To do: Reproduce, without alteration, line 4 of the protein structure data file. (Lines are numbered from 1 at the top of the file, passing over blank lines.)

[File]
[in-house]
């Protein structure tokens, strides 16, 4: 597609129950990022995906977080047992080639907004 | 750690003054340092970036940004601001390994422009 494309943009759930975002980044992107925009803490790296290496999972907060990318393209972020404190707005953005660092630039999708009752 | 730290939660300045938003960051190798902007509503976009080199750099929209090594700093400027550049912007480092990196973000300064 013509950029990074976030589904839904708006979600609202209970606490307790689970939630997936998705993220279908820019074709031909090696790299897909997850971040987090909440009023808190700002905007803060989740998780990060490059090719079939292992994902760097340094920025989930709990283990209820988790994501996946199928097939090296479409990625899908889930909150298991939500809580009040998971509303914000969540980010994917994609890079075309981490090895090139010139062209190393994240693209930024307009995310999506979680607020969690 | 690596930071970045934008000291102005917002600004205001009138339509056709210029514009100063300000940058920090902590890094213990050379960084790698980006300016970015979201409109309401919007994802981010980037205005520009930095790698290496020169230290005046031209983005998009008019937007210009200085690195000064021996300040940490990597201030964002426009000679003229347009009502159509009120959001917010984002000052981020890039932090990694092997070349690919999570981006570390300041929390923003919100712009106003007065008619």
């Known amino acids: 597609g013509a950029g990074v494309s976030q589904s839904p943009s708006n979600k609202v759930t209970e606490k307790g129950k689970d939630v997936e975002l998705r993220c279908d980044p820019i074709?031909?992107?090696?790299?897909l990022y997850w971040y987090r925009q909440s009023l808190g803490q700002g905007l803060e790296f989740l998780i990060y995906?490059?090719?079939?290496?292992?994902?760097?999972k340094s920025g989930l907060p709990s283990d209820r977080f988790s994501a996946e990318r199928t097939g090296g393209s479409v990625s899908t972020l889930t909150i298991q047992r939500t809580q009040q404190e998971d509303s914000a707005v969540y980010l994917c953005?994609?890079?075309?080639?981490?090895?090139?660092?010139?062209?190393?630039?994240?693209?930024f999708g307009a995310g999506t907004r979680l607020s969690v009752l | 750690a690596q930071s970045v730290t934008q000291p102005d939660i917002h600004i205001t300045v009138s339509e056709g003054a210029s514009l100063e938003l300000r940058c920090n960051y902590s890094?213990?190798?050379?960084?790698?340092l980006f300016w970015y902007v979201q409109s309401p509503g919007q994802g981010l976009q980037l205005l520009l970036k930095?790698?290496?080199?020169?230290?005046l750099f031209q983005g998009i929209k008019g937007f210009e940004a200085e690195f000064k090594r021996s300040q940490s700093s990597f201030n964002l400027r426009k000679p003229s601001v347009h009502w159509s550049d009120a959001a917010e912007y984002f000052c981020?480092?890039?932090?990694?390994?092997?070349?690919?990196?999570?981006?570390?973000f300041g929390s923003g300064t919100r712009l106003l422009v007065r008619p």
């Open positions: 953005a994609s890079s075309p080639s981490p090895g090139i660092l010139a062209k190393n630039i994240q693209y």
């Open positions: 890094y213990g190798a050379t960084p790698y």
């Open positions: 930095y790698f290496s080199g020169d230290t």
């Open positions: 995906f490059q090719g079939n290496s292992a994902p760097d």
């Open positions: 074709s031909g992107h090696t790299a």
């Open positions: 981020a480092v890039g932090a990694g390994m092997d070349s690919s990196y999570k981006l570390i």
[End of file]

């Open positions: 953005a994609s890079s075309p080639s981490p090895g090139i660092l010139a062209k190393n630039i994240q693209y």